I disagree. The whole point of these early sound cartoons was to synchronise animation, not with dialogue, but with music. So much of “Summertime” consists of cartoon animals playing musical instruments, using familiar melodies to highlight the action on screen: the monkey playing “Abba Dabba Honeymoon”, for example, or the mouse playing “In the Shade of the Old Apple Tree” while sitting in the woman’s shadow. It may have been released in a silent version to theatres that had not yet been equipped with sound, but to capture the interplay between the frog bassoonist and the monkey clarinetist in the opening scene alone would have taxed the skill of even the finest silent film organist. With respect to musical synchronization, “Summertime” is far from backward, but points forward towards the kind of musical humour that Stalling, Bradley et al. would employ to great effect in the years to come.

    The music that plays while Farmer Al Falfa is mixing his drink is the German drinking song “Oh Susanna (Wie ist das Leben doch so schoen!)”, an Oktoberfest standard. I don’t know whether it predates the Stephen Foster song of the same title, but I doubt it.

    I love the superfluous closed captioning of the monkey’s laughter: “HA HA HA HA HAW HAW”. That, at least, is definitely a relic of the silent era.

  • Nice print of “Summertime”! And I really would like to go to Cinelouge Outdoors to go see classic ‘toons, since it’s here in CA! BTW, what happened to the Cartoon Research Twitch channel? It’s been abandoned since last Thursday.

    • The Cartoon Research Twitch channel was an experiment which we’ve had to put on hold for a while. Hopefully we will return to Twitch in the near future. Stay Tuned (or “Tooned”)!

      • I was enjoying the experiment too! Looking forward to what comes next…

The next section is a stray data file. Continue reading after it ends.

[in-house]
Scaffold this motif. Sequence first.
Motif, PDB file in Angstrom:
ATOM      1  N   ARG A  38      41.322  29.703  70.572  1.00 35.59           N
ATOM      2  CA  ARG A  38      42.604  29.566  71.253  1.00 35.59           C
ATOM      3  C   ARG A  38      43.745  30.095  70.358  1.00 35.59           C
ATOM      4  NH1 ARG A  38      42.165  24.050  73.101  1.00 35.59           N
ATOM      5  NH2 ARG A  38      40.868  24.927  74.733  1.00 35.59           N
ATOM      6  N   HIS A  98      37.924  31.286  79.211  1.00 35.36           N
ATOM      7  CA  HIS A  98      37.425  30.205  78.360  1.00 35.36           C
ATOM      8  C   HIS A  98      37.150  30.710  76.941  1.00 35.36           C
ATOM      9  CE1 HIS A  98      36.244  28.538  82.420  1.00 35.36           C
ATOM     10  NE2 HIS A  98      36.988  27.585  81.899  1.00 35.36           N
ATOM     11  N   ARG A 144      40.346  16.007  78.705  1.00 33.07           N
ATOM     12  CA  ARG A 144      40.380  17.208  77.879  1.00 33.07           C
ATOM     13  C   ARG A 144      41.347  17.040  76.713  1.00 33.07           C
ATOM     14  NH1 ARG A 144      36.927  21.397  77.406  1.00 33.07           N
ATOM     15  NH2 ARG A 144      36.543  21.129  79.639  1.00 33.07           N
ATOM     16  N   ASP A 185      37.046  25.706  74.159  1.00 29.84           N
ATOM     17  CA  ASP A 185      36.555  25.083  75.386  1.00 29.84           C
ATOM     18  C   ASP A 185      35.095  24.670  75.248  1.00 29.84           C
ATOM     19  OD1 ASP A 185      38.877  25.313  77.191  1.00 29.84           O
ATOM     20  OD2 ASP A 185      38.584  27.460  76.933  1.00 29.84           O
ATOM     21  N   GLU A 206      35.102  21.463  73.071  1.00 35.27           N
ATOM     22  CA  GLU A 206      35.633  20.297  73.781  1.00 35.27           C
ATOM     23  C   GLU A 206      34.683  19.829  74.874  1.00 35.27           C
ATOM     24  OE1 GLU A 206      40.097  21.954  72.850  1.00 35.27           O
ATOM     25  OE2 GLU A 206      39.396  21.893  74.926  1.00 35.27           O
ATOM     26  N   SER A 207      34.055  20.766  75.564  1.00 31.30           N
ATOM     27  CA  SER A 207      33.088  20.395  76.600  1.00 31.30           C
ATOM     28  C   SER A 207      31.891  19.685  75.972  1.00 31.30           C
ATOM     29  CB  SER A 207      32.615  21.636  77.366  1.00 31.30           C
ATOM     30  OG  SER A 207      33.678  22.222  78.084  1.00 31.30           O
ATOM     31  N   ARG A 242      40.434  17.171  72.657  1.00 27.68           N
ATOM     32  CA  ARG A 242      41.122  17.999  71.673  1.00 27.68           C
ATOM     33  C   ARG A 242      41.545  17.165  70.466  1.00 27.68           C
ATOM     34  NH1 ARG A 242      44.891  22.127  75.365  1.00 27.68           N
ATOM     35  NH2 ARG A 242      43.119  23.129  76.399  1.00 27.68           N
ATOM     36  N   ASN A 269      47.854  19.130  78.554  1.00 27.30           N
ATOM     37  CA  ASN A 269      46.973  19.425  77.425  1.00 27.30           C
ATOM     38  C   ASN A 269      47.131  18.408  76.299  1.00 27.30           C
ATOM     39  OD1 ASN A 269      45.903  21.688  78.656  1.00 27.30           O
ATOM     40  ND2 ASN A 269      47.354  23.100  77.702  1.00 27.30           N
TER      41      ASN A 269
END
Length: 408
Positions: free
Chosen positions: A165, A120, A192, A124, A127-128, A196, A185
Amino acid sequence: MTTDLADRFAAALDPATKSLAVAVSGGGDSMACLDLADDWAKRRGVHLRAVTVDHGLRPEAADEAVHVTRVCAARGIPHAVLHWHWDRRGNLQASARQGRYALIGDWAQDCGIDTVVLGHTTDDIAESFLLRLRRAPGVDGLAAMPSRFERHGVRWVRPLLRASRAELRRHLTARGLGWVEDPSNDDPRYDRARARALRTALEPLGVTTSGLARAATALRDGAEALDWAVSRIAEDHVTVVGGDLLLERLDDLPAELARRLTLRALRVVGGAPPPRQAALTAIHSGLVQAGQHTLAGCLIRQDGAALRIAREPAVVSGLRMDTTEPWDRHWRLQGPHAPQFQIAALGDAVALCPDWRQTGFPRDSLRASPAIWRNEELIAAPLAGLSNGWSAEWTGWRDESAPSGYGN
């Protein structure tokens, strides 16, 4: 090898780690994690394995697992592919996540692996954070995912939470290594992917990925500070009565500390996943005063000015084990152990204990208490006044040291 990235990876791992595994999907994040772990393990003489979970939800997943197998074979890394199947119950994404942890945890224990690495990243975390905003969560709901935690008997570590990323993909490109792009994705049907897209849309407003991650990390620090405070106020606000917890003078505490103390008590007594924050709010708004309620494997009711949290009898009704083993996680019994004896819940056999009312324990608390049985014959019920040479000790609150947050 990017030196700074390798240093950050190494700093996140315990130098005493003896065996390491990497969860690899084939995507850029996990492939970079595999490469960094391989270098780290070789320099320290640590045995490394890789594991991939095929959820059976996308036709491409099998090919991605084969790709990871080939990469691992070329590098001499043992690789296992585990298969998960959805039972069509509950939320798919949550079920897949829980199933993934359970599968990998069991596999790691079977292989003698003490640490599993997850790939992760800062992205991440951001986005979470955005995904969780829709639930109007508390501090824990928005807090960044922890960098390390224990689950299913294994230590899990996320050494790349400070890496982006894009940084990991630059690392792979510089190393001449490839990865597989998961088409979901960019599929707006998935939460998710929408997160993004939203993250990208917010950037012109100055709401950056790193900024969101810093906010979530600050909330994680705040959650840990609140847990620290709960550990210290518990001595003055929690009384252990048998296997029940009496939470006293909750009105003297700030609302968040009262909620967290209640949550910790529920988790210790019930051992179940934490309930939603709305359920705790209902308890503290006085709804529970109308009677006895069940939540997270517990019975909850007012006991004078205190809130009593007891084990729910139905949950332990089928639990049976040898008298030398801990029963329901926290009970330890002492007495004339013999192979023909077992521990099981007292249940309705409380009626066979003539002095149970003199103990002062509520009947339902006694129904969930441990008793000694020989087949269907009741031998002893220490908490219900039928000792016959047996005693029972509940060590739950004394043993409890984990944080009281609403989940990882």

• Will you add new cartoons to air alongside all the other shorts that already aired on Twitch? I’m fine with either decision!

      • Is it getting ready to launch “officially?”

      • Glad everyone is enthused about it. I hope to be able to answer these questions soon. As I said above “stay tuned”….

  • Such a fun cartoon, thanks for bringing it back up! Have a good time at the show tonite Steve!

  • The animation of the squirrel cheering “Hooray!”, waking up the owl and the owl bonking the squirrel on the head (at 1:38) is actually lifted from the silent Aesop “The Ugly Duckling” – minus the owl’s face filling up the screen, of course. Makes me wonder if any other early sound Aesops reuse animation like that.

  • Thanks for sharing the new scan. It is a very enjoyable film.
    I thought the music was actually done really well on Summertime and also sounds a lot brighter than it sometimes does on films of this vintage.

  • Steve,
    I ordered the Rainbow Parade Blu-Ray back when it was first announced, but have yet to receive it. Have all the pre orders gone out?
    Thanks,
    Ed

  • Did the scanner transfer the soundtrack as if it was stereo? It doesn’t sound right, with some sounds coming more out of one speaker than the other, rather than all channels being equivalent as in a proper transfer of a mono track.

  • How were the event’s covid precautions? Smart and safe, or did you go home crawling with death?

Leave a Reply

Your email address will not be published. Required fields are marked *